Reflections: Essays, Aphorisms, Autobiographical Writing
Schocken Books, 1986 - 348 Seiten
A companion volume to Illuminations, the first collection of Walter Benjamin's writings, Reflections presents a further sampling of his wide-ranging work. Here Benjamin evolves a theory of language as the medium of all creation, discusses theater and surrealism, reminisces about Berlin in the 1920s, recalls conversations with Bertolt Brecht, and provides travelogues of various cities, including Moscow under Stalin. He moves seamlessly from literary criticism to autobiography to philosophical-theological speculations, cementing his reputation as one of the greatest and most versatile writers of the twentieth century. Also included is a new preface by Leon Wieseltier that explores Benjamin's continued relevance for our times.
Ergebnisse 1-3 von 53
His most recent portrait characterizes the journalist in the first sentence as "a
person who has little interest either in himself and his own existence, or in the
mere existence of things, but who feels things only in their relationships, above
Indeed, to secure private life against morality and concepts in a society that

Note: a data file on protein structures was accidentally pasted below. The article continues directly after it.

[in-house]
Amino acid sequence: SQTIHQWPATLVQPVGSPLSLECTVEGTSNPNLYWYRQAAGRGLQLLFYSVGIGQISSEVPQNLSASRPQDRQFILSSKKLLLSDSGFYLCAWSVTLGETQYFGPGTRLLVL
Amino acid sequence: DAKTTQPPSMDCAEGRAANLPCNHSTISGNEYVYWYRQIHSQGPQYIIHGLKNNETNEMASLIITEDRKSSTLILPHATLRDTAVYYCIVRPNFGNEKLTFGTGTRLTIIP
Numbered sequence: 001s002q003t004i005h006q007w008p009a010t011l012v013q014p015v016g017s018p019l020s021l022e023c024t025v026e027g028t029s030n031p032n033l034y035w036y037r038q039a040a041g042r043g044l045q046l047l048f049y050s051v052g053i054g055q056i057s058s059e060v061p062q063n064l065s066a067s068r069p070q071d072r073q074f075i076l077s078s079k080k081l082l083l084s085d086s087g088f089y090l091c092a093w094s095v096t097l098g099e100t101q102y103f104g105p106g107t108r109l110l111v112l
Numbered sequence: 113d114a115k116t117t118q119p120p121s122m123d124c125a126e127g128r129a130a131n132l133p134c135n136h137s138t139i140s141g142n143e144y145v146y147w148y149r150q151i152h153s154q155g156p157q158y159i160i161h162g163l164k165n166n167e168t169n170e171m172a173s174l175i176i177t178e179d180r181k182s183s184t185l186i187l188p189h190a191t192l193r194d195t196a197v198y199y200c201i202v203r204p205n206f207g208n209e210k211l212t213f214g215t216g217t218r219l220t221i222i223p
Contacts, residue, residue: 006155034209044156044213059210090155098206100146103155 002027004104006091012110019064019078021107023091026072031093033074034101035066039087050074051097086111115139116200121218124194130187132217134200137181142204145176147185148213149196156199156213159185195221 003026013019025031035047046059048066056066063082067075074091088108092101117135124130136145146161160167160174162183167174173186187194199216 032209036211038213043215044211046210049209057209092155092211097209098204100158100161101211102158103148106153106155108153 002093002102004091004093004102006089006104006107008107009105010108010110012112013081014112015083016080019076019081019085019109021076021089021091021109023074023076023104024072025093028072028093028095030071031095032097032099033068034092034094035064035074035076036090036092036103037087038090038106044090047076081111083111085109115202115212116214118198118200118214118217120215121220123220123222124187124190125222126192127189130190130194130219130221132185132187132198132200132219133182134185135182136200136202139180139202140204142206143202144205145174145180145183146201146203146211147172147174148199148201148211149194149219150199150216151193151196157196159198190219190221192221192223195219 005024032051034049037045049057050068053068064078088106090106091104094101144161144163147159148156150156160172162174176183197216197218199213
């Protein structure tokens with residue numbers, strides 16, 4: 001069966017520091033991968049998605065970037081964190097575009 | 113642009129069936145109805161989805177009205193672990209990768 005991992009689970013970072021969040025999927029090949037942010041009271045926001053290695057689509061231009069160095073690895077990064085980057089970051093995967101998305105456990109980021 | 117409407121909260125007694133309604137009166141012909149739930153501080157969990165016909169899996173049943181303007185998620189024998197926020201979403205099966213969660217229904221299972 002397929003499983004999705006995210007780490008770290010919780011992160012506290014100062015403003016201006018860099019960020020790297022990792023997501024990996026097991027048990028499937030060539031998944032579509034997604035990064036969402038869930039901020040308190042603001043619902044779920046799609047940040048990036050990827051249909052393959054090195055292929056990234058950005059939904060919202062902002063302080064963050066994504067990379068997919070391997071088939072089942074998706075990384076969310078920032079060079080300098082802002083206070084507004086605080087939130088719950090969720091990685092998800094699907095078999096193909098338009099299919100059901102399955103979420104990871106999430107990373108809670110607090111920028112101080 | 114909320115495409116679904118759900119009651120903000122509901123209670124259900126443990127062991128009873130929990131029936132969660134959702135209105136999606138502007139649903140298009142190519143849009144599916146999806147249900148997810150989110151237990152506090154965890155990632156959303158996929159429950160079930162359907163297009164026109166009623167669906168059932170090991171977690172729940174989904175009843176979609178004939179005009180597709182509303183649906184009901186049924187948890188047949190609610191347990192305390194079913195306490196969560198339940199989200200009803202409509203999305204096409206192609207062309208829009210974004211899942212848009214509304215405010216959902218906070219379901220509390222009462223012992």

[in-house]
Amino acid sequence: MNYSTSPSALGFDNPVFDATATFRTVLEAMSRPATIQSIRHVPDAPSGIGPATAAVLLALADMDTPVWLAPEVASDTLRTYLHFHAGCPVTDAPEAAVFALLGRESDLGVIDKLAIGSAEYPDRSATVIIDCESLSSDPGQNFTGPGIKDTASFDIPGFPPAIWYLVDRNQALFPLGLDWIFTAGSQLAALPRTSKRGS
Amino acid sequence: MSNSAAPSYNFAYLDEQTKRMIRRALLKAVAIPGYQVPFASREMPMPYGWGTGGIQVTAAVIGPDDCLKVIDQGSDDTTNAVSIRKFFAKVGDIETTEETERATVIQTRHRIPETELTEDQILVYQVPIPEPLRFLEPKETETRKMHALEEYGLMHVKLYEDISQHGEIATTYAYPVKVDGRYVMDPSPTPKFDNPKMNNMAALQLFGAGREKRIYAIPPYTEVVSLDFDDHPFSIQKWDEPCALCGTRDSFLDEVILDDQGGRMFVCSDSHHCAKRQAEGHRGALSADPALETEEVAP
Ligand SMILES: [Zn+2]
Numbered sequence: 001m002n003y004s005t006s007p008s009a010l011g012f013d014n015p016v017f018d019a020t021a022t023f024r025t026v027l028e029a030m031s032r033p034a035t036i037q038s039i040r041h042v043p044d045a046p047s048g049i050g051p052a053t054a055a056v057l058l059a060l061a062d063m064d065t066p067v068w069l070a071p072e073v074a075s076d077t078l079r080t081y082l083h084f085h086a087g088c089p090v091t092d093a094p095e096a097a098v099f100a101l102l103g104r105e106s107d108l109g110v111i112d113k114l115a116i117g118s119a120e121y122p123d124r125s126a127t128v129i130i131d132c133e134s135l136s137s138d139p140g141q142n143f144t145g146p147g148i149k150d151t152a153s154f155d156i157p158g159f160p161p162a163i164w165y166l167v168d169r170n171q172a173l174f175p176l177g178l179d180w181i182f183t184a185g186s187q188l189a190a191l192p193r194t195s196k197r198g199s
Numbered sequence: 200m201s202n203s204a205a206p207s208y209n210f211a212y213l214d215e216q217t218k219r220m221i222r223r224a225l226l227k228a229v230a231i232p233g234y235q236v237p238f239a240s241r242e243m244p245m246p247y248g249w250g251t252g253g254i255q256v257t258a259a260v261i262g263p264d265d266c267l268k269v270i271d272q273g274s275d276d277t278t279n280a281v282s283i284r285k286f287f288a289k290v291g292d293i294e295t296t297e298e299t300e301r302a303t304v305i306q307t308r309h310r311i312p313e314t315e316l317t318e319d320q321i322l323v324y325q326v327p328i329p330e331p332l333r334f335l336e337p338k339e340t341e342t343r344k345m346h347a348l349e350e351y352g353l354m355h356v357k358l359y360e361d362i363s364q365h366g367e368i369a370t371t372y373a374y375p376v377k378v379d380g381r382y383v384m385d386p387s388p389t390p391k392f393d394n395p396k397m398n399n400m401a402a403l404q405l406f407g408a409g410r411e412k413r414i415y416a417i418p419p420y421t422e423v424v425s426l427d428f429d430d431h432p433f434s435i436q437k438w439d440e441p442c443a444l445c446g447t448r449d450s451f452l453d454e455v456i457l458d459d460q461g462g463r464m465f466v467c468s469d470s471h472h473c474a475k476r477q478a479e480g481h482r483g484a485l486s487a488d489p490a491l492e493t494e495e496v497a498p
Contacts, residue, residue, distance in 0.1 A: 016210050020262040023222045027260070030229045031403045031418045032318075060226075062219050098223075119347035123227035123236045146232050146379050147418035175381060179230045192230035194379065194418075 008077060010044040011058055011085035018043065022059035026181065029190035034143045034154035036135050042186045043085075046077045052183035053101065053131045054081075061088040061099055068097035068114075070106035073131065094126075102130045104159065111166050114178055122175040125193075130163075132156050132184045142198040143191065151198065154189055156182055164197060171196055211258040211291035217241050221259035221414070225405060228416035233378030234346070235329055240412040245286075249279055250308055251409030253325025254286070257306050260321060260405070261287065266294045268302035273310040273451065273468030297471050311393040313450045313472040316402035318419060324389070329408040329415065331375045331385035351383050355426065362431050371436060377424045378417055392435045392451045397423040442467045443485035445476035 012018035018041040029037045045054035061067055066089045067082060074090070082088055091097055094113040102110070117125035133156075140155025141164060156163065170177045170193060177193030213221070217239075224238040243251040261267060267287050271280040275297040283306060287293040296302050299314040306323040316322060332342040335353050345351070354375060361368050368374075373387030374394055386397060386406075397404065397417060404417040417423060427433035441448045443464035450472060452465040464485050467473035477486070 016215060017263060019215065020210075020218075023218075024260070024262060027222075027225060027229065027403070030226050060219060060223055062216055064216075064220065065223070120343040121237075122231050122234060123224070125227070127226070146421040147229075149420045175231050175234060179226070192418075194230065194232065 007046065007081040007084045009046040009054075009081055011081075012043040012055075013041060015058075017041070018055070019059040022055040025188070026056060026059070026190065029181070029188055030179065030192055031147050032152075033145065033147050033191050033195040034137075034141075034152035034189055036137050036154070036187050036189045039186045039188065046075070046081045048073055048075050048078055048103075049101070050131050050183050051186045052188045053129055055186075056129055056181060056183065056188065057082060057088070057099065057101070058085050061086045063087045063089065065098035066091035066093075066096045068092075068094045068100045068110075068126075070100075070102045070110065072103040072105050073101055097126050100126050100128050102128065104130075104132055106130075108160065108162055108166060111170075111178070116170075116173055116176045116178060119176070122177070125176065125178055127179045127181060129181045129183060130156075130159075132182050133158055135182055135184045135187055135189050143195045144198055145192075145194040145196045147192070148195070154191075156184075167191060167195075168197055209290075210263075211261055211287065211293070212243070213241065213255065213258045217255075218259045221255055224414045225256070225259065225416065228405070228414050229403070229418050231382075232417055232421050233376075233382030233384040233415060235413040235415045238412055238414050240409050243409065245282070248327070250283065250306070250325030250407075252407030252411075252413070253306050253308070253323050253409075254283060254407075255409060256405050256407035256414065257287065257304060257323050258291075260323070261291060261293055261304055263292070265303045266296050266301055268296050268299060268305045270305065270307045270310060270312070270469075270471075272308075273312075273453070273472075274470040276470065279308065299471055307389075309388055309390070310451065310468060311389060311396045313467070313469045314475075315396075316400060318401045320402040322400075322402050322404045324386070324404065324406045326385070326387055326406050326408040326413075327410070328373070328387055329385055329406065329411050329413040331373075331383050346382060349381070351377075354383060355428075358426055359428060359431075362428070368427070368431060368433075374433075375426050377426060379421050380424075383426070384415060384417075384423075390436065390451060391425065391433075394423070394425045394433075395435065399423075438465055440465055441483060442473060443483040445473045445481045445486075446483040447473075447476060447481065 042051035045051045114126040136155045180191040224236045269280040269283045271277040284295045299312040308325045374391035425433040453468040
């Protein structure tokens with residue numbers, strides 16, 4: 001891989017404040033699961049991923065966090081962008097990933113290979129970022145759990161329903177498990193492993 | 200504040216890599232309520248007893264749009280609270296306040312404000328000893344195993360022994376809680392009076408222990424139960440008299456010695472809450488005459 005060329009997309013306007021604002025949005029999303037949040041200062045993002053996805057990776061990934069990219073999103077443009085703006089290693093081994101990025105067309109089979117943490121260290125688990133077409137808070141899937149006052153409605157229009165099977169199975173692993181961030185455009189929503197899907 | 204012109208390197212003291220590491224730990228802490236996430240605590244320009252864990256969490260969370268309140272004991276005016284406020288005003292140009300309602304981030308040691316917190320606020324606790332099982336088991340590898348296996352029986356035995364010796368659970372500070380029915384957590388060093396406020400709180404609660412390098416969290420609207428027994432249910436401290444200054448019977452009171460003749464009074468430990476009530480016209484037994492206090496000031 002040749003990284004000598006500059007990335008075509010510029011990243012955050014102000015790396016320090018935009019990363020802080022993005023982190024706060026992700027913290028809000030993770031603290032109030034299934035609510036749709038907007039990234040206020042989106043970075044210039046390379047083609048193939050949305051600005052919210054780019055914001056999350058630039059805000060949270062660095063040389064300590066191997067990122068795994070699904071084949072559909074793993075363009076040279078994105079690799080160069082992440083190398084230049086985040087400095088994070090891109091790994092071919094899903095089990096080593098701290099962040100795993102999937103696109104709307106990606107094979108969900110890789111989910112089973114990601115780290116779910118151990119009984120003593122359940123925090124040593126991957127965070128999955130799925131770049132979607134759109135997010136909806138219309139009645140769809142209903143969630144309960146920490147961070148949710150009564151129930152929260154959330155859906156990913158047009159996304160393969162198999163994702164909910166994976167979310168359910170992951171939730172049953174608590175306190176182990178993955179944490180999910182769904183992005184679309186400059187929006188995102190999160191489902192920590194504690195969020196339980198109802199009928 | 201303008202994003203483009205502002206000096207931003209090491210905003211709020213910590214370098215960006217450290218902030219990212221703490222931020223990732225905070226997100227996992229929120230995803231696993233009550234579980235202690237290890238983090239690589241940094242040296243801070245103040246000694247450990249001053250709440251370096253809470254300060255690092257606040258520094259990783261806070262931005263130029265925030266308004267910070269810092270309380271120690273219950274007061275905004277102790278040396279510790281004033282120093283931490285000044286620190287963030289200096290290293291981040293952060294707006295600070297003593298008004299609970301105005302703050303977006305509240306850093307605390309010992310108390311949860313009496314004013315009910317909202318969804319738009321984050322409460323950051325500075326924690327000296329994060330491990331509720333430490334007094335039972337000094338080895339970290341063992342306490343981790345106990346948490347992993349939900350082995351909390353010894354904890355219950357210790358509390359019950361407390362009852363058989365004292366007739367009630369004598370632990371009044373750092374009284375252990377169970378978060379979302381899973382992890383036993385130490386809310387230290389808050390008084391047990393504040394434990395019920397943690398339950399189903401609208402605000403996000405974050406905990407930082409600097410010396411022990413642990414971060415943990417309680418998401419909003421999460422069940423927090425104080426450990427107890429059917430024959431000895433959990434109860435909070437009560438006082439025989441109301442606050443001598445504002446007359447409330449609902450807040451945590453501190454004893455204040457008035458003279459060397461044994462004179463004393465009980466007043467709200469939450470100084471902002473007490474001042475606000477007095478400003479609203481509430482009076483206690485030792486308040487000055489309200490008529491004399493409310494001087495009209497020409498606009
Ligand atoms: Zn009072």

perpetrates the political radioscopy of sexuality and family, of economic and
physical existence, in a society that is in the process of building houses with
glass walls, ...
It is, fundamentally, the complete agreement of two forms of existence — life
under the aegis of mere mind or of mere sexuality — in which is founded that
solidarity of the man of letters with the whore to which Baudelaire's existence is
Was andere dazu sagen - Rezension schreiben
LibraryThing ReviewNutzerbericht - jonfaith - LibraryThing
We can remark in passing that there is no better starting point for thought than laughter. In particular, thought usually has a better chance when one is shaken by laughter than when one’s mind is ... Vollständige Rezension lesen
A Berlin Chronicle
OneWay Street selection
14 weitere Abschnitte werden nicht angezeigt.